How to Create a Dark Mode in Sass

A Scalable Method for Color Theming with Developer Experience in Mind

Katie McTigue
Jan 13 · 5 min read

TLDR: Scroll down to “Step 1.”

Why doesn’t Sass have better support for color theming, since it’s all the rage?

Let’s face it, dark modes are trending.

Maybe it’s because the amount of hours per day we spend staring at a screen is only going up.

Maybe it’s because we are using our screen-based devices in low-light environments more and more (in a car at night, in bed, in a hospital command center).

Definitely it’s because Apple did it.

Once upon a time as a part of my job as a UI Designer I was assigned to “make a dark mode” (more on that and why it maybe wasn’t the best way to approach here.) I eagerly googled “how to color theme sass,” fully expecting to be able to do something along the lines of this:

//how NOT to do color theming in Sass, unfortunately$background;if ($theme == 'dark') {
$background: #333;
} else {
$background: #ebebeb;
}
.my-div {
background: $background;
}

I don’t know if this speaks to my inability to understand Sass, or to Sass’s inability to anticipate developer needs, but the fact is Sass compiles to good ole css — it’s a preprocessor and not a full-fledged language. Therefore it can’t just swap all your variables on the fly after it is already compiled.


The current prominent approach to theming in Sass

Fortunately there are some excellent ideas on the web for how to solve this problem. They all boil down to more or less the same thing:

  1. Assign a toggle-able “root” theme class to the body element (or app root, for React land) like theme--light.

It will compile to something like this:

.theme--dark {
.my-div {
background: #333;
}
}
.theme--light {
.my-div {
background: #ebebeb;
}
}

Isn’t there a better way to do this?

It was hard for me to come to terms with the fact that you can’t just switch out the value of variables on the fly. It was hard on my architect, too. We were pretty sure there had to be a better way.

Well. In my research and brainstorming, I found three viable approaches to theming a web app with (or without) Sass:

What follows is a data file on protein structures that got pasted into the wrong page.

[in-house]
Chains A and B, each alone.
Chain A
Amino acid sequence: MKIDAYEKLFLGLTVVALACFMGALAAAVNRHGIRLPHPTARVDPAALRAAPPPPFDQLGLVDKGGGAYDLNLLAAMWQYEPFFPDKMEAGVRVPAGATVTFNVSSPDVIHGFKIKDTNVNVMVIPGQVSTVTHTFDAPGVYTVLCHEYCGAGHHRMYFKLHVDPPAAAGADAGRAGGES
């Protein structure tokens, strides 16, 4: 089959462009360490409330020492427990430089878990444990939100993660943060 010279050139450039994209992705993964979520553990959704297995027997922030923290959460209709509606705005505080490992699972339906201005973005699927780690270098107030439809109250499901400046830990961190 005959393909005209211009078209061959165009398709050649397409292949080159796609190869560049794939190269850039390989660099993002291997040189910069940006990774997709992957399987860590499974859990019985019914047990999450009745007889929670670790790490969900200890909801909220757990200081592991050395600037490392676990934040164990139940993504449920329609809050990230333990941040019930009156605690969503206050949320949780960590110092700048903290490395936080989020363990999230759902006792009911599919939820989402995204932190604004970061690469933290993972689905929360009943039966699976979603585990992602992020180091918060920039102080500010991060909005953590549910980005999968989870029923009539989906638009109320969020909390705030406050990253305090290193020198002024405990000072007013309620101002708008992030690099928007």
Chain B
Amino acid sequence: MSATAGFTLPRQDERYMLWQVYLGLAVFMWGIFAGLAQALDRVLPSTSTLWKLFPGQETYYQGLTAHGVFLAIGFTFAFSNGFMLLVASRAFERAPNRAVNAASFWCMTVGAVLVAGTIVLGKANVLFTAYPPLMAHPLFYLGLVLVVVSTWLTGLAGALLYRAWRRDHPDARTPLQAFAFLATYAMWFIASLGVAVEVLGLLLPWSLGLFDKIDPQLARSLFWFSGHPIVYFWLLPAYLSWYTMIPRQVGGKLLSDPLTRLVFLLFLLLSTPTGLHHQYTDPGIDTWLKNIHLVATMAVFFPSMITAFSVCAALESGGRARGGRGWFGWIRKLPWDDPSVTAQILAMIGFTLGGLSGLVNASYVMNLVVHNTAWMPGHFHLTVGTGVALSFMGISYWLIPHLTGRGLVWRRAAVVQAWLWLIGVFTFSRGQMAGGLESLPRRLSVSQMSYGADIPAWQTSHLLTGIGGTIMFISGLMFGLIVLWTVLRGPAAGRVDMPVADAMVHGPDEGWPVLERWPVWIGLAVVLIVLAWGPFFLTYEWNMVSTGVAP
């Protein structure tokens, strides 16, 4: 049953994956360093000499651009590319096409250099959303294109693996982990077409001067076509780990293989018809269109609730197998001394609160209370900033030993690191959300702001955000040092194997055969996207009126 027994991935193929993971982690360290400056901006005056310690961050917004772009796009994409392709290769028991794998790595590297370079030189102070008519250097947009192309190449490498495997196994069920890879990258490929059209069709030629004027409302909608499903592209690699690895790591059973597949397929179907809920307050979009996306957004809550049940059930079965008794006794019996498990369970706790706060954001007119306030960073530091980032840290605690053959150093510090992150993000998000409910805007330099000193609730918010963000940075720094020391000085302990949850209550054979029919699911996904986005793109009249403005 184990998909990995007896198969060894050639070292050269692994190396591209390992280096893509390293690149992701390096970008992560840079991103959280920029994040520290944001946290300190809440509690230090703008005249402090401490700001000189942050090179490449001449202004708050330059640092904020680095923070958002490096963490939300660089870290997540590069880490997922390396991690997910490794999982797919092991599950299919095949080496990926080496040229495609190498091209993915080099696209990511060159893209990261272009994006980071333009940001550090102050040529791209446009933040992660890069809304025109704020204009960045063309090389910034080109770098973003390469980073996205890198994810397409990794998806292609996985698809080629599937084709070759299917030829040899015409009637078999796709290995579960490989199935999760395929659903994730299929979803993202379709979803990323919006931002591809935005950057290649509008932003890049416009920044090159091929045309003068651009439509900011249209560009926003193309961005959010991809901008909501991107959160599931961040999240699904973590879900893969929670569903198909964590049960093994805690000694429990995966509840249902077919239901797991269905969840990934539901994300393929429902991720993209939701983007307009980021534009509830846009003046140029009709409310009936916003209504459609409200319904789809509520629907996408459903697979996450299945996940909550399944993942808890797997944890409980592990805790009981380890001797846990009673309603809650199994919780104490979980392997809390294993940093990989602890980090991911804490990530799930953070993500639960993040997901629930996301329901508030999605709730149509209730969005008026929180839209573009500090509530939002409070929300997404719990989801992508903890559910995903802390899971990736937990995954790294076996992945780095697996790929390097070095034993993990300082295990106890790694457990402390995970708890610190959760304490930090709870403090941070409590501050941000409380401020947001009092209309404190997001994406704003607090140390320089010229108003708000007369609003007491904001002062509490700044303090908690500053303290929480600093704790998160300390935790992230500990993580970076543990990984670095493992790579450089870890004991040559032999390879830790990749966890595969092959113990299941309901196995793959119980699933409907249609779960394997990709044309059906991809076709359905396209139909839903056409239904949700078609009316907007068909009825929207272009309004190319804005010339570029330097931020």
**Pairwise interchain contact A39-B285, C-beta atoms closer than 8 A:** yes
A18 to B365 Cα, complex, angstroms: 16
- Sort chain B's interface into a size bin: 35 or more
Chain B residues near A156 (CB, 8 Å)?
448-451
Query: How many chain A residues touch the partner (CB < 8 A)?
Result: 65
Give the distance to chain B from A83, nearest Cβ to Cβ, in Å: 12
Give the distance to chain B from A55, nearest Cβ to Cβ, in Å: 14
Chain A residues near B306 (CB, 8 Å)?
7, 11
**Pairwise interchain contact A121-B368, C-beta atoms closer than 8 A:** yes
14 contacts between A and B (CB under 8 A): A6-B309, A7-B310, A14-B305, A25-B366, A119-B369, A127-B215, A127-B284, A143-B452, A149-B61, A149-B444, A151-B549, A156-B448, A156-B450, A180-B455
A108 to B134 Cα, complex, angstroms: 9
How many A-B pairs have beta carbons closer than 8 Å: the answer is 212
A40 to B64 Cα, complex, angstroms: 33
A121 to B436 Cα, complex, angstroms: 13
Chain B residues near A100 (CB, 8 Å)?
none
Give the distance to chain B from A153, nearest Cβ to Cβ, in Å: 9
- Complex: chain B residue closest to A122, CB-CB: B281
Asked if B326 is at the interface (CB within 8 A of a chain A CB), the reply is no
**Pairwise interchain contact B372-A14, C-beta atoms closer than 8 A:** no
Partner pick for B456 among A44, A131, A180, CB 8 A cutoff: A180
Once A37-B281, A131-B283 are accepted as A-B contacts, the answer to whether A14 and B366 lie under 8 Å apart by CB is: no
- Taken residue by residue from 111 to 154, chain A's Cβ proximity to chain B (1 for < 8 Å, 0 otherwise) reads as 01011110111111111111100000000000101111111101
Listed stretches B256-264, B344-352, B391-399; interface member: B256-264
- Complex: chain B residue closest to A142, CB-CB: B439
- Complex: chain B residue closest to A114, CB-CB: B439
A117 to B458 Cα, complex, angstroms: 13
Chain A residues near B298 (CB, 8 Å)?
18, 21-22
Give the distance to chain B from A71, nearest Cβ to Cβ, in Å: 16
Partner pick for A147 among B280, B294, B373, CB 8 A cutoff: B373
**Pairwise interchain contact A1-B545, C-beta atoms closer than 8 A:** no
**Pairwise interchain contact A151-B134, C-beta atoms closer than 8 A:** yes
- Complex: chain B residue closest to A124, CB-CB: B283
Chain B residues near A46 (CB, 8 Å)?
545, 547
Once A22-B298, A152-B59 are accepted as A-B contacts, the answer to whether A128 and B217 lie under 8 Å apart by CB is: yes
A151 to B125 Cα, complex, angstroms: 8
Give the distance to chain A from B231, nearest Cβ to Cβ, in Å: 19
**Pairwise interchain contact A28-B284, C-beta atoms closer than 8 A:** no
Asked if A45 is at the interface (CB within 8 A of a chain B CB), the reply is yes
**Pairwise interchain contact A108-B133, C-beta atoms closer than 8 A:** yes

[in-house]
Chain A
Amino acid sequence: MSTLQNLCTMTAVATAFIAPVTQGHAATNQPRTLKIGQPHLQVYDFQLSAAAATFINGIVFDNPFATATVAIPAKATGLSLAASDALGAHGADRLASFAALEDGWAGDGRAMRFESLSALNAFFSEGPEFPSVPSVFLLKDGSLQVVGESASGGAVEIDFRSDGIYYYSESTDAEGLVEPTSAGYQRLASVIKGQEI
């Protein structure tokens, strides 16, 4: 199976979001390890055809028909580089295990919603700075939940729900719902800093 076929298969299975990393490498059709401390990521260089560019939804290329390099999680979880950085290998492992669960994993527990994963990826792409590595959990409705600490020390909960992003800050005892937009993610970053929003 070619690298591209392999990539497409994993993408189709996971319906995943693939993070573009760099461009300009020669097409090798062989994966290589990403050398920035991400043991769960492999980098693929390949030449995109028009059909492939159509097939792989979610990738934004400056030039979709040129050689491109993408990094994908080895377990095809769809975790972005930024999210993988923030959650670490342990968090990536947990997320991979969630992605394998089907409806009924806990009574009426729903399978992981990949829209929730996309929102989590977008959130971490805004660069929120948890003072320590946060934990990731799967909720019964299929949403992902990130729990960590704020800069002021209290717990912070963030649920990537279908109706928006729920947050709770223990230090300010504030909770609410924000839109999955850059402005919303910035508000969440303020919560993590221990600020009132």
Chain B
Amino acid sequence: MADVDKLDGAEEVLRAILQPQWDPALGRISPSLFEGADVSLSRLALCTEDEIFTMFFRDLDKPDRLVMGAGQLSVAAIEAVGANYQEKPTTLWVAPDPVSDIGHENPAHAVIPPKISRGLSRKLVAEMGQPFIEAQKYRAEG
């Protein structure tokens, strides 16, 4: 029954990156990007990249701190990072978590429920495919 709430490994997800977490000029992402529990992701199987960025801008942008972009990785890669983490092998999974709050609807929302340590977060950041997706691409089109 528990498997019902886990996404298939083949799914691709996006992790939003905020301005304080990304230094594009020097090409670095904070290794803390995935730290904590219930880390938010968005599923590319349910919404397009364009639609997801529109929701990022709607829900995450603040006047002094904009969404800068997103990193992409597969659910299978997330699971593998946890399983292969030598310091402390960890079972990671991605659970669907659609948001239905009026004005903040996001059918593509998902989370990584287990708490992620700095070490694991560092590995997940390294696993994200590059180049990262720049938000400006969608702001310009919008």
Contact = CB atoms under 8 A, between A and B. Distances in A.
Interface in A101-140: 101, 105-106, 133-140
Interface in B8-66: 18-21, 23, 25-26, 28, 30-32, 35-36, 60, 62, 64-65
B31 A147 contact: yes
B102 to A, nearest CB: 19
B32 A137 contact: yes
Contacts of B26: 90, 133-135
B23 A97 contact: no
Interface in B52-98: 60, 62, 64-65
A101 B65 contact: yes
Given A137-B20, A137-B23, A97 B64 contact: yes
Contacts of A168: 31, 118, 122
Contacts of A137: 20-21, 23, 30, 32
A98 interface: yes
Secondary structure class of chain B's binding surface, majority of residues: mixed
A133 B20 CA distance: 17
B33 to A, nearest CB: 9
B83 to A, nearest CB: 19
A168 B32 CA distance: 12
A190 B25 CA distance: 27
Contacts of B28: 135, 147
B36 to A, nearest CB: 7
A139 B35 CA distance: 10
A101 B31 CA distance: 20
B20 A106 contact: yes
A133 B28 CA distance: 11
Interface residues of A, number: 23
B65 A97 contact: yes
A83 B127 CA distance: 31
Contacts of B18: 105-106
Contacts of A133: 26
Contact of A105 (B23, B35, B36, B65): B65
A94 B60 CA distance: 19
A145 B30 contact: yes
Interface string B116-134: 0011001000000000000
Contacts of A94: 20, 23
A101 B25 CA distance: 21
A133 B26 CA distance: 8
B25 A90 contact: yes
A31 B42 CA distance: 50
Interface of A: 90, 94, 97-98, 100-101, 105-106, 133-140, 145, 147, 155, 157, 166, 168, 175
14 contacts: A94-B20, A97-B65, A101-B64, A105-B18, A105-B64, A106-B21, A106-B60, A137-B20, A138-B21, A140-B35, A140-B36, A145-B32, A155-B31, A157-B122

1. Write a whole new stylesheet for your dark mode. Oof. This is quite ugly because it makes for a lot of code, and your engineers will have to update two stylesheets every time something changes!
My notes from debating methods for color theming when I was assigned to create a dark mode for a very complex interactive dashboard (built with some very old legacy code, and no Sass)

My version of the current prominent Sass method

Goals:

  1. Developer friendly. Love ‘em to death, but most of the engineers I currently work with absolutely hate writing css.

Ok, here goes. If you’re scrolling through this waiting for the part where I tell you how to do the thing, stop here.

My method is largely based on an excellent article written by Dmitry Borody but tweaked to meet my above goals.

I implemented theming on my personal website. You can view the source code here.

Step 1. Make your themes. Fun!

I have everything in a Sass partial called _color-themes.scss.

You can define pretty much whatever you want here. Note that I have a different version of my logo for each theme, and also that I am passing in a gradient for my background on my dark theme, but not the light theme.

I am passing in Sass variables, but you could use hex values.

Step 2. A fancy mixin

Here’s what’s happening here:

  • The themed mixin iterates through all of your $themes and for that theme defines a global Sass map called $theme-map

It outputs the themed blurb using @content

Step 3. The “more on that in a sec” part: how to call the theming function and mixin from within your stylesheets

Each time you want to use a theme, call the themed mixin with @include themed() and inside it use the t() function around your key.

I was worried about having developers write strings ever time they wanted to use a variable, so I added shortcuts at the top of my _color-themes.scss file that simply output strings that match the keys in my $themes object.

$bg: 'bg';
$card-bg: 'card-bg';
$text: 'text';
$text-secondary: 'text-secondary';
$link: 'link';
$hover: 'hover';
$logo: 'logo';
$brand-blue: 'brand-blue';
$brand-red: 'brand-red';
$border: 'border';

These are what I’m passing into @t like color: t($text); but I could also do color: t(‘text’);.

Step 4. Toggle the theme!

Here is how I did it on my website which I built in React.

Your outputted css should follow this format!

.theme--dark {
.my-div {
background: #333;
}
}
.theme--light {
.my-div {
background: #ebebeb;
}
}

See my example here

As mentioned earlier, I implemented theming on my personal website. You can view the source code here. If you have any feedback or ideas for improvement I’d love to hear them!

Additional mixins

If and when I implement this in an enterprise environment, I plan to leverage @extend to create reusable blocks of the most common color combinations in the hopes that this will help minimize margin of error:

%card-colors {
@include themed() {
color: t($text);
background: t($card-bg);
border: t($card-bg);
}
}

This is still not that great.

At the end of the day, there are some problems with this method:

  • Room for error

Dear Sass,

Please build support for theming into your framework!

❤ , me

Katie McTigue

Written by

Designer & Developer. katiemctigue.com

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